Two classic devices are to inspire fear of terrible enemies and worship of our grand leaders, who rescue us just in the nick of time. The enemies may be domestic (criminal Blacks, uppity women, subversives undermining the tradition, etc.), but foreign demons have natural advantages.... As the standard pretext [Communists] vanished, the domestic population has been frightened—with some success—by images of Qaddafi’s hordes of international terrorists, Sandinistas marching on Texas, Grenada interdicting sea lanes and threatening the homeland itself, Hispanic narco-traffickers directed by the arch-maniac Noriega, after he underwent the usual conversion from favored friend to Attila the Hun after committing the one unforgivable crime, the crime of disobedience…. The scenario requires Awe as well as Fear...(1992, 408)
The terrorizing sublime
Awe as well as fear—this “structure of feeling,” which postcolonial critics have so far ignored, frames the situation of the war against terrorism carried to the imperial margins, this time in the Philippines. I would now like to call the attention of the reader to the Philippines, a former colony of the United States (now arguably a genuine U.S. neocolony) and the continuing l’affaire Abu Sayyaf and its use as a pretext for the invasion by over a thousand U.S. troops of this second front of the war against terrorism, after Afghanistan.
Since the seventies at the time of the Marcos dictatorship, the severely impoverished Muslims in the southern Philippines called “Moros” (who were never actually subjugated by the Spaniards, Americans or Japanese throughout their history) have mounted a fierce struggle for autonomy and dignity, for some measure of self-determination. While the Moro National Liberation Front has compromised with the government, another more formidable group, the Moro Islamic Liberation Front, has continued its struggle. But its fighters are now branded “terrorists” and their legitimate cause criminalized. It is expected that the MILF will be classified as a “foreign terrorist organization”—foreign, of course, to Americans, but not to Filipinos. When President Arroyo allowed the U.S. Special Forces to participate in the pursuit of the Abu Sayyaf, a bandit-group that is really a creation of both the CIA and the Philippine Armed Forces, did she not violate the Philippine Constitution? Indifference to this question is a symptom of the larger problem of either ignorance of the plight of the Moro people, or complicity with the ruling class in the oppression and exploitation of at least 7.5 million citizens who happen to subscribe to another faith.
Thousands, perhaps over a hundred thousand now, have died since the flare-up of Christian-Muslim hostilities in the sixties, climaxing in the years after 1972 with the battle of Jolo, Sulu. The city was actually burned by government forces, producing 2,000 corpses and 60,000 refugees in one night. A ceasefire was reached after the Tripoli Agreement of  1976, but it was often honored in the breach. The split of the Moro Islamic Liberation Front led Hashim Salamat from Misuari’s more secular Moro National Liberation Front  introduced a sectarian but also conciliatory element in the scene, precipitating the formation of the Abu Sayyaf along the lines of the government-sponsored and CIA-funded Bangsa Moro Liberation Organization (BMLO) in 1976.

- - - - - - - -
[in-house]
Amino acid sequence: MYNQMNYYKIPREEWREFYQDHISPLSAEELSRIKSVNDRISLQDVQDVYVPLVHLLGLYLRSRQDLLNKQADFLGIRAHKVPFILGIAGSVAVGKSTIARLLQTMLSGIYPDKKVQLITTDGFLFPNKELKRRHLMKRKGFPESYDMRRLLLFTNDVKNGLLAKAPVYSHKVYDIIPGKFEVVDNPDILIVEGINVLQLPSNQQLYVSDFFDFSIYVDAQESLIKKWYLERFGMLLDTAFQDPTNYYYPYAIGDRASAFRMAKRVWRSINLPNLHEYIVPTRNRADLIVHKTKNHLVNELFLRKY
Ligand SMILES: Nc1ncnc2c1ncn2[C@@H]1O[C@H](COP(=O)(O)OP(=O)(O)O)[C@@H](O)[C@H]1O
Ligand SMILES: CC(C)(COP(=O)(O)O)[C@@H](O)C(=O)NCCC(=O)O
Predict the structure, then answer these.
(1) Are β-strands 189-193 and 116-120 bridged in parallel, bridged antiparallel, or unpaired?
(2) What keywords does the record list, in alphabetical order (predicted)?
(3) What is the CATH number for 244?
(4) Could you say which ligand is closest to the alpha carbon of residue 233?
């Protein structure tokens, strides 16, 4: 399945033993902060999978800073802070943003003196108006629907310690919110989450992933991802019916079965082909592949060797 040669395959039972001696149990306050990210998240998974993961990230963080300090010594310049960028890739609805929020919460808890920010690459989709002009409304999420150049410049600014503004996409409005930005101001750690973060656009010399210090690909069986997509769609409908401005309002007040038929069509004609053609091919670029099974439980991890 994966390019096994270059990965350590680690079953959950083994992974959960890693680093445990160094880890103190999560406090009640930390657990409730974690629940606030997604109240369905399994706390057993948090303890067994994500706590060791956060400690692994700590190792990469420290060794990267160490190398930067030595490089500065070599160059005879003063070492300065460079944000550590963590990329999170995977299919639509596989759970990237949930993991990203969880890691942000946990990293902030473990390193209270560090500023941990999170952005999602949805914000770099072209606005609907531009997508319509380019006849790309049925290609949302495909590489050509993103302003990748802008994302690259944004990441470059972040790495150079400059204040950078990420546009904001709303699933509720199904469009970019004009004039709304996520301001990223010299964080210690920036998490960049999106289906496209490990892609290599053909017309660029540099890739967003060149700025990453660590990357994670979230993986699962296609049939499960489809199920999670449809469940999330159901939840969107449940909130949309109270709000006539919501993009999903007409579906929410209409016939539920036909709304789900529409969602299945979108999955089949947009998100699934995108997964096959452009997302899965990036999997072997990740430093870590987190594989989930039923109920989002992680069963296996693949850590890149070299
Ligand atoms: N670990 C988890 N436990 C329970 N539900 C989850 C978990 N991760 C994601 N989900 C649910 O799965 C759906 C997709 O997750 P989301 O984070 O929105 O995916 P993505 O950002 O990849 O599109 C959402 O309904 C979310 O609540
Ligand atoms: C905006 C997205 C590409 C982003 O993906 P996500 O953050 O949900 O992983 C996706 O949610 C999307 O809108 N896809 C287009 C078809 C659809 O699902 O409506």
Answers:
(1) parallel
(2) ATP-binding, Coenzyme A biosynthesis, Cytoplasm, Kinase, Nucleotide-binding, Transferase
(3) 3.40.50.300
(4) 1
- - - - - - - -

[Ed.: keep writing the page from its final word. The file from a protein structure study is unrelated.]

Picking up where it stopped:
The Abu Sayyaf has been represented in the U.S. mass media as an awesome and fearful force, mysterious yet intelligible. It is now public knowledge that the Abu Sayyaf, like the MILF, was set up by the Philippine government to split the Moro struggle for self-determination and pressure the MNLF into capitulation.  But since 1995 the Abu Sayyaf has turned into a Frankenstein’s monster devoted to hostage-taking for ransom and terrorizing civilian communities. In the midst of U.S. intervention last year, an International Peace Commission went to Basilan on March 23-27, 2002, and produced what I think is the most comprehensive and detailed report on conditions in the region. The conclusion of their report, entitled Basilan: The Next Afghanistan?, is unequivocal: the Abu Sayyaf is a symptom of the disastrous failure of the state in ensuring not only peace and security but honest and effficient government—both provincial governance and military-police agencies—in a milieu where the proverbial forces of civil society (business, church, media) have been complicit. Enmeshed in corruption that involves local officials, military officers, and central government, the region where the Abu Sayyaf thrives has witnessed the reign of absolute terror over civilians. Nowhere in the entire Philippines is the violation of human rights and the brutalization of civilian suspects so flagrant and ubiquitous as in Basilan where this group operates. In this context, the deployment of U.S. troops in Mindanao, compliments of the Arroyo administration, has only worsened the situation, demonized and mystified the Abu Sayyaf as an Al Qaeda accomplice, and promoted hostility among various ethnic groups.